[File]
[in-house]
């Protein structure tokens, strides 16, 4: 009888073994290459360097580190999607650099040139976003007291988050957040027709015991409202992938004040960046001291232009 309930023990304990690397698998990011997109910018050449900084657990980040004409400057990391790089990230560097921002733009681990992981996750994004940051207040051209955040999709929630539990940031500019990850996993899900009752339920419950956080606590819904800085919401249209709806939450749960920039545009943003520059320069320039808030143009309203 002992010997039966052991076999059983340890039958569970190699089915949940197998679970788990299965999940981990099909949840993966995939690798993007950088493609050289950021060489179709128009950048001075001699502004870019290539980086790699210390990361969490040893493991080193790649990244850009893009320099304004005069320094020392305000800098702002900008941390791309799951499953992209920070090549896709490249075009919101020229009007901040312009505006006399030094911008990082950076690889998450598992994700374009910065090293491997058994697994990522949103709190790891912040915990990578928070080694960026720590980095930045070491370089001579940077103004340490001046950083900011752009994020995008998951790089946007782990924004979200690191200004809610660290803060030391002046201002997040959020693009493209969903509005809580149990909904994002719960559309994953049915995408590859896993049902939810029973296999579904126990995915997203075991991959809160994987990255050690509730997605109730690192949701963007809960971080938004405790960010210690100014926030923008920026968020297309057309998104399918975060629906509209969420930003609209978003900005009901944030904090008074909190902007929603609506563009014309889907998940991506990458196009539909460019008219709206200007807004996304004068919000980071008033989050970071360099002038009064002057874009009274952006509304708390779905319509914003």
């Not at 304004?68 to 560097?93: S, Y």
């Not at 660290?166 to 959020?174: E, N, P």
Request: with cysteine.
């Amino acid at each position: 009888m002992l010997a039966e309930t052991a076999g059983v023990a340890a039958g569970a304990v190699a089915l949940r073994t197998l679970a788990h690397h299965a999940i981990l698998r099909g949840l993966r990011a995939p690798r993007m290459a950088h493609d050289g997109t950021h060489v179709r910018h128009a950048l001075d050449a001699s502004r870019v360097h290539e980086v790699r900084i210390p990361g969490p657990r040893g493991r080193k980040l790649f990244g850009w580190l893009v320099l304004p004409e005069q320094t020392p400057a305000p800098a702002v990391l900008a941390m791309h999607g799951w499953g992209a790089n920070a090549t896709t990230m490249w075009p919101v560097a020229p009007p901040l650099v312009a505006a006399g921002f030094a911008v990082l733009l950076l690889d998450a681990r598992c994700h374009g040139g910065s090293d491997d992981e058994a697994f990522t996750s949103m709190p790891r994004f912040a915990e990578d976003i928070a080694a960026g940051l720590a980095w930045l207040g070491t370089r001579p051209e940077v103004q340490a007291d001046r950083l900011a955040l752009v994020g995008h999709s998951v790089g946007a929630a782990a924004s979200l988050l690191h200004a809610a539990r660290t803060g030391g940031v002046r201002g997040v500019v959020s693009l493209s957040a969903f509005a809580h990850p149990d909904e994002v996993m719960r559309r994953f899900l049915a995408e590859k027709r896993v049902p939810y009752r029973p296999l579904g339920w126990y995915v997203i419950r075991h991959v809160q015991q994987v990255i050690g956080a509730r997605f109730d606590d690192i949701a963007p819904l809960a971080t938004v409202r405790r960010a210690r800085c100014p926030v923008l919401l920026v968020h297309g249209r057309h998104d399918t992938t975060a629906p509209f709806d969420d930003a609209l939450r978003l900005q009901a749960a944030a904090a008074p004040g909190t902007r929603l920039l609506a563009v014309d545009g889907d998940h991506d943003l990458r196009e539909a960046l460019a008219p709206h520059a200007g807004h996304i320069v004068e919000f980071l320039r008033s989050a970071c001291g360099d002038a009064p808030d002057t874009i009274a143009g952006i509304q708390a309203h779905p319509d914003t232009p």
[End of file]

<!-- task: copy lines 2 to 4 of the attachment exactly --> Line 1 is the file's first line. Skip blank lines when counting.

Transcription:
């Protein structure tokens, strides 16, 4: 009888073994290459360097580190999607650099040139976003007291988050957040027709015991409202992938004040960046001291232009 309930023990304990690397698998990011997109910018050449900084657990980040004409400057990391790089990230560097921002733009681990992981996750994004940051207040051209955040999709929630539990940031500019990850996993899900009752339920419950956080606590819904800085919401249209709806939450749960920039545009943003520059320069320039808030143009309203 002992010997039966052991076999059983340890039958569970190699089915949940197998679970788990299965999940981990099909949840993966995939690798993007950088493609050289950021060489179709128009950048001075001699502004870019290539980086790699210390990361969490040893493991080193790649990244850009893009320099304004005069320094020392305000800098702002900008941390791309799951499953992209920070090549896709490249075009919101020229009007901040312009505006006399030094911008990082950076690889998450598992994700374009910065090293491997058994697994990522949103709190790891912040915990990578928070080694960026720590980095930045070491370089001579940077103004340490001046950083900011752009994020995008998951790089946007782990924004979200690191200004809610660290803060030391002046201002997040959020693009493209969903509005809580149990909904994002719960559309994953049915995408590859896993049902939810029973296999579904126990995915997203075991991959809160994987990255050690509730997605109730690192949701963007809960971080938004405790960010210690100014926030923008920026968020297309057309998104399918975060629906509209969420930003609209978003900005009901944030904090008074909190902007929603609506563009014309889907998940991506990458196009539909460019008219709206200007807004996304004068919000980071008033989050970071360099002038009064002057874009009274952006509304708390779905319509914003």
């Not at 304004?68 to 560097?93: S, Y």
């Not at 660290?166 to 959020?174: E, N, P």